Nearly everyone I know has read at least one and loved at least one of Michael Chabon's novels (The Amazing Adventures of Kavalier and Clay, Wonder Boys, etc), but until Moonglow, somehow his work passed me by. I found the story interesting, a "faux" memoir told in an unique way, and Chabon's writing beautiful albeit wordy and quite "writerly". His writing is so unusually delicious that at times I found myself reading for his word choice and descriptions rather than the story line.
Moonglow is the memoir of Chabon's grandfather narrated to the author by his grandfather during the last week of life unhinged by pain medication--“I showed up to say goodbye...just as Dilaudid was bringing its soft hammer to bear on his habit of silence.” The story is patchy, does not flow chronologically, and sometimes too elaborative on specifics about WWII or rocket building for my taste. Yet, the jumps in the story from the war to his marriage to a stent in jail to his obsession with rockets reflect the randomness of life and the need of a dying man to make some sense of it all. The story line of his marriage was of particular fascination to me. Upon his return from war, grandfather meets a French refugee at a synagogue party and is immediately attracted to her magnetism. She is already a mother of a young girl (the narrator's mom) and harrowingly haunted by visions of a “skinless horse” that hint at her Holocaust trauma. Her mental illness will ultimately bring an end to their love story.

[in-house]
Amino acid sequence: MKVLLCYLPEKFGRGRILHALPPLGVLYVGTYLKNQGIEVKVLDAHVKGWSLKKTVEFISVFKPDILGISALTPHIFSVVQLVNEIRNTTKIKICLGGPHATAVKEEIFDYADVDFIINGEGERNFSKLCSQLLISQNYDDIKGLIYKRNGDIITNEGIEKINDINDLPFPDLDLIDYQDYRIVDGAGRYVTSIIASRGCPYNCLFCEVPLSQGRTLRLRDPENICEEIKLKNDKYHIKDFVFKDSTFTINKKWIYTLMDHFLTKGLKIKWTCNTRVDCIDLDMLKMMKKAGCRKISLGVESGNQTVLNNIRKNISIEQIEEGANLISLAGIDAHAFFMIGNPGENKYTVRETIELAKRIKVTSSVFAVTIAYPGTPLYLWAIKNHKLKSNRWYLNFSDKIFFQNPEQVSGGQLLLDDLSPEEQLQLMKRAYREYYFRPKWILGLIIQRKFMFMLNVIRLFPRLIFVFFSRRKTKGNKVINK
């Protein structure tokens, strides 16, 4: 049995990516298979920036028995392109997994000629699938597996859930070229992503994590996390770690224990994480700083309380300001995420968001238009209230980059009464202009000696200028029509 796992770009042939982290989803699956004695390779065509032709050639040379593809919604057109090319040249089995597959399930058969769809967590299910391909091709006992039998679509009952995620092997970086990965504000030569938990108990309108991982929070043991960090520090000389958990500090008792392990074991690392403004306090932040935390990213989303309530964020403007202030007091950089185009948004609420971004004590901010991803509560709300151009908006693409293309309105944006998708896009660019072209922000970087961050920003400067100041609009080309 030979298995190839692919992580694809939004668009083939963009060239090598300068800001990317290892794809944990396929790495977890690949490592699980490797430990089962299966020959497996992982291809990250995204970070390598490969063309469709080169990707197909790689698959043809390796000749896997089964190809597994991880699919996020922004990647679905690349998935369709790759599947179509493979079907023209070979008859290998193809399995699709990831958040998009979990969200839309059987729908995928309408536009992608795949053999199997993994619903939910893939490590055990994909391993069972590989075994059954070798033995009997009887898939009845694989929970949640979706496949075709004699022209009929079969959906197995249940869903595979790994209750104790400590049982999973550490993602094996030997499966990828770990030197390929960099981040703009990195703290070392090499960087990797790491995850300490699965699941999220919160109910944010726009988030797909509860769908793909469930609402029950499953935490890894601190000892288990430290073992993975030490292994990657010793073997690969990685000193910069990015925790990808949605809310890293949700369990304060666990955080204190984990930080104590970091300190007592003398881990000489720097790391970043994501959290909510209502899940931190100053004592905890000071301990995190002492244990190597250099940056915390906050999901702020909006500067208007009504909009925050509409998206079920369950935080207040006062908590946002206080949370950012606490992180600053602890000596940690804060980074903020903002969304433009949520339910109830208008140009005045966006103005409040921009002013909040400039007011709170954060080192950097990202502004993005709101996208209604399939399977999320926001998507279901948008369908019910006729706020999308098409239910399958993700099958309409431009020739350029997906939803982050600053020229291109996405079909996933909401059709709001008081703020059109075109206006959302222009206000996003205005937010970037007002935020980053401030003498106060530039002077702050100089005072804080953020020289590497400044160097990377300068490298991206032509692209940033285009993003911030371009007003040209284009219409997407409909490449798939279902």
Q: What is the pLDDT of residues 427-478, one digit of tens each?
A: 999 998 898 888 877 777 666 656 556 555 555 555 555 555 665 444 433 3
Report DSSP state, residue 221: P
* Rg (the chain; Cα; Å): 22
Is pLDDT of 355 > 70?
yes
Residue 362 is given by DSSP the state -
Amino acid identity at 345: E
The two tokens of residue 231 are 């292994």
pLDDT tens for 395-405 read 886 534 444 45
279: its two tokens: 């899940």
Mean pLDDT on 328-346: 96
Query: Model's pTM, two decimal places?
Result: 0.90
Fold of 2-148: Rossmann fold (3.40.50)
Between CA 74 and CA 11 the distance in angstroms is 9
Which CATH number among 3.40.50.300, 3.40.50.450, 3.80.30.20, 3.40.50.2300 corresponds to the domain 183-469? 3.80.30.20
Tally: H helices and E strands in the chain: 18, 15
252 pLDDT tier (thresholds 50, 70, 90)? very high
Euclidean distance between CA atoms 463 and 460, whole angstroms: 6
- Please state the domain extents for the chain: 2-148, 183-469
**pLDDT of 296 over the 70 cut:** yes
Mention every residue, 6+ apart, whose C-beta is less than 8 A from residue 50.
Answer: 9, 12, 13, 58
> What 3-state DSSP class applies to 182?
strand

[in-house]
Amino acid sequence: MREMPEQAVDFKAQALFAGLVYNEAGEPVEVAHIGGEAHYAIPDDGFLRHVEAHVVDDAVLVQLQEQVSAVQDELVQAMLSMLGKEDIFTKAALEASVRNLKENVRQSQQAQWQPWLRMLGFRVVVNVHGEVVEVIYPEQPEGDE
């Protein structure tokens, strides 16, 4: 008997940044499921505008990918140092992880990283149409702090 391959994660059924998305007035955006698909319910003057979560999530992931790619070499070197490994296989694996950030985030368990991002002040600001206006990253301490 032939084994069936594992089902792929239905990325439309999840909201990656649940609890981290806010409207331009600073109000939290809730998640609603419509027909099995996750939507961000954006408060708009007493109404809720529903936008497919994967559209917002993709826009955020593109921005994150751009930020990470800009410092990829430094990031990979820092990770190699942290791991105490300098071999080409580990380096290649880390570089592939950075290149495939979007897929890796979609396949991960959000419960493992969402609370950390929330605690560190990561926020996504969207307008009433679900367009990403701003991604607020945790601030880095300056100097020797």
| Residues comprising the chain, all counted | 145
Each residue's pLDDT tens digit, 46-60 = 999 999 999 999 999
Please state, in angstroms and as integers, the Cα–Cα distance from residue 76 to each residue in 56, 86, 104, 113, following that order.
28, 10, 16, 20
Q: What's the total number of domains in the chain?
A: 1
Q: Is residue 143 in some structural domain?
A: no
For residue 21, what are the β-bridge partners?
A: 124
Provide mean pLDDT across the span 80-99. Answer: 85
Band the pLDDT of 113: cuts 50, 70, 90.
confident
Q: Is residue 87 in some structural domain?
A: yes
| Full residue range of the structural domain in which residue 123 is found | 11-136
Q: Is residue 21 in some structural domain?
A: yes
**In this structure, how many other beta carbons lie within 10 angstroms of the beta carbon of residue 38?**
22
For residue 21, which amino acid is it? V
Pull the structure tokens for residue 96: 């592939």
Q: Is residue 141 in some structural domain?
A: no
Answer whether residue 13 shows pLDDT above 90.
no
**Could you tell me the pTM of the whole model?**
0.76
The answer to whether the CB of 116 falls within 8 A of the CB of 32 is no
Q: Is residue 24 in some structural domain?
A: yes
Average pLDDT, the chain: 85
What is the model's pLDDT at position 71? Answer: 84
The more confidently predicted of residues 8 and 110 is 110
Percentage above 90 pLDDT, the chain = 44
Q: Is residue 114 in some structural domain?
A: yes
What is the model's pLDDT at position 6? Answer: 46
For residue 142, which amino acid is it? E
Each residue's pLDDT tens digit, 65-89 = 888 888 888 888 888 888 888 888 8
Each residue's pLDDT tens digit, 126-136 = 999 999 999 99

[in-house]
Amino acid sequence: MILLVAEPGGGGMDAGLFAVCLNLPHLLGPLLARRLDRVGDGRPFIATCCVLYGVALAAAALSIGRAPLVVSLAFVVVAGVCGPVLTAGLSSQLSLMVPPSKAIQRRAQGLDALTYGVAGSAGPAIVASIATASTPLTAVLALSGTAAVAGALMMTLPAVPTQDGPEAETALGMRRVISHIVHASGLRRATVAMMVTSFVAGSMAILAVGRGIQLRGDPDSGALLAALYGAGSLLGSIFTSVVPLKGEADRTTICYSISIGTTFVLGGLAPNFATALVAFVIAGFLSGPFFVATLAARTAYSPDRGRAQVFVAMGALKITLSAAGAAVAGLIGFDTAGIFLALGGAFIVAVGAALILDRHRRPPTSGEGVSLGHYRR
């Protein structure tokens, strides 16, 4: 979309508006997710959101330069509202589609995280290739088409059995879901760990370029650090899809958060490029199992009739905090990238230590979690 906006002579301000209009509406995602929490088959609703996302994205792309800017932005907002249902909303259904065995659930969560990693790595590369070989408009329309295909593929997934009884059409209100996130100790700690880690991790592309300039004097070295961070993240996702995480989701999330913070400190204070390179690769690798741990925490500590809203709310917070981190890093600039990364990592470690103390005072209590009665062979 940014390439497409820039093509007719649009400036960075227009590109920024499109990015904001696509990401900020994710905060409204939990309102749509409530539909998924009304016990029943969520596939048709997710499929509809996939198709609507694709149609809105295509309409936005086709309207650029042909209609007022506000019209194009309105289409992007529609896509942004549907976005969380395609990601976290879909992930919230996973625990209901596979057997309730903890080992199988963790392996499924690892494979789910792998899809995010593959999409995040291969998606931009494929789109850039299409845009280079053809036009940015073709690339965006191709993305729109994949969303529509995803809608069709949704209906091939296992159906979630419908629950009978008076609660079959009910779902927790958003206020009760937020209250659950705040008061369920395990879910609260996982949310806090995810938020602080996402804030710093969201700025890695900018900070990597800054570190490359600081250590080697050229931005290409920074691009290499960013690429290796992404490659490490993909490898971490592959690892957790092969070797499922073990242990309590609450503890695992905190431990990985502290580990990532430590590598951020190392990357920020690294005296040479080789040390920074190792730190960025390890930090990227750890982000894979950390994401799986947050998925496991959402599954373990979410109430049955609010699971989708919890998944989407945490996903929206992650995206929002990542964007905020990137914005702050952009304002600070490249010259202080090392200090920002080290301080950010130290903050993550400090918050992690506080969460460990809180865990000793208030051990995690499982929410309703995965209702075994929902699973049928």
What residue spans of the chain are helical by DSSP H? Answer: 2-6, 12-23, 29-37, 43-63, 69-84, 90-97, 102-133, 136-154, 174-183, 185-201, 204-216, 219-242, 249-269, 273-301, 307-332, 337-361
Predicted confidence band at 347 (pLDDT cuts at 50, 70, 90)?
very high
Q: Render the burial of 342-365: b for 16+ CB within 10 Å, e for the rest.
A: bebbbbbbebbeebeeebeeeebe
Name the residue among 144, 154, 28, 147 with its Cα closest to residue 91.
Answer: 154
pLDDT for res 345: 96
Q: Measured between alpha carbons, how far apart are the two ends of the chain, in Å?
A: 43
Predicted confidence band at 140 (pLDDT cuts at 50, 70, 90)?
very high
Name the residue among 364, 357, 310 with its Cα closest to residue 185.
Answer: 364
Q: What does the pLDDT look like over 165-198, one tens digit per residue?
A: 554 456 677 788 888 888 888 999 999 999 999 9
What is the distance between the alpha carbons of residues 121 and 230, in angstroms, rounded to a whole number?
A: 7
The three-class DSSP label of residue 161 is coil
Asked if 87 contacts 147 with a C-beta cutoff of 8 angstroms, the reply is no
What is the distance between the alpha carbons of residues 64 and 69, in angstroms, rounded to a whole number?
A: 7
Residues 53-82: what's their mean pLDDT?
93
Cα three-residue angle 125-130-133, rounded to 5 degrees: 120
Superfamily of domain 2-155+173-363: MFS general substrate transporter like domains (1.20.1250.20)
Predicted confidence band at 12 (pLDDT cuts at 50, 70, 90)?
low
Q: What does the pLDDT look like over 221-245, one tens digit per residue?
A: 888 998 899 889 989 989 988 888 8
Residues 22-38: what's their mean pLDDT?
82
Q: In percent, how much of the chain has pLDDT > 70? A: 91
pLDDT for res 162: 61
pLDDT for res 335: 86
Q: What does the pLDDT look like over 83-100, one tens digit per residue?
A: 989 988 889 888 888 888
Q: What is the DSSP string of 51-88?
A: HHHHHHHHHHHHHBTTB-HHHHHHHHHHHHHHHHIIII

The book is dense, the writing amazing. I struggled at times to get through certain scenes that I did not find particularly interesting, but overall I liked the book and found its description of life, love, and war powerful. I will close with my favorite line which happened to be the last line of the novel, "He lay there with his eyes closed for a long time after that, sculling along the surface of the sea of pain a little nearer toward his story's end or maybe...toward the story on the opposite shore that was waiting to begin."
I will be reading more by Michael Chabon.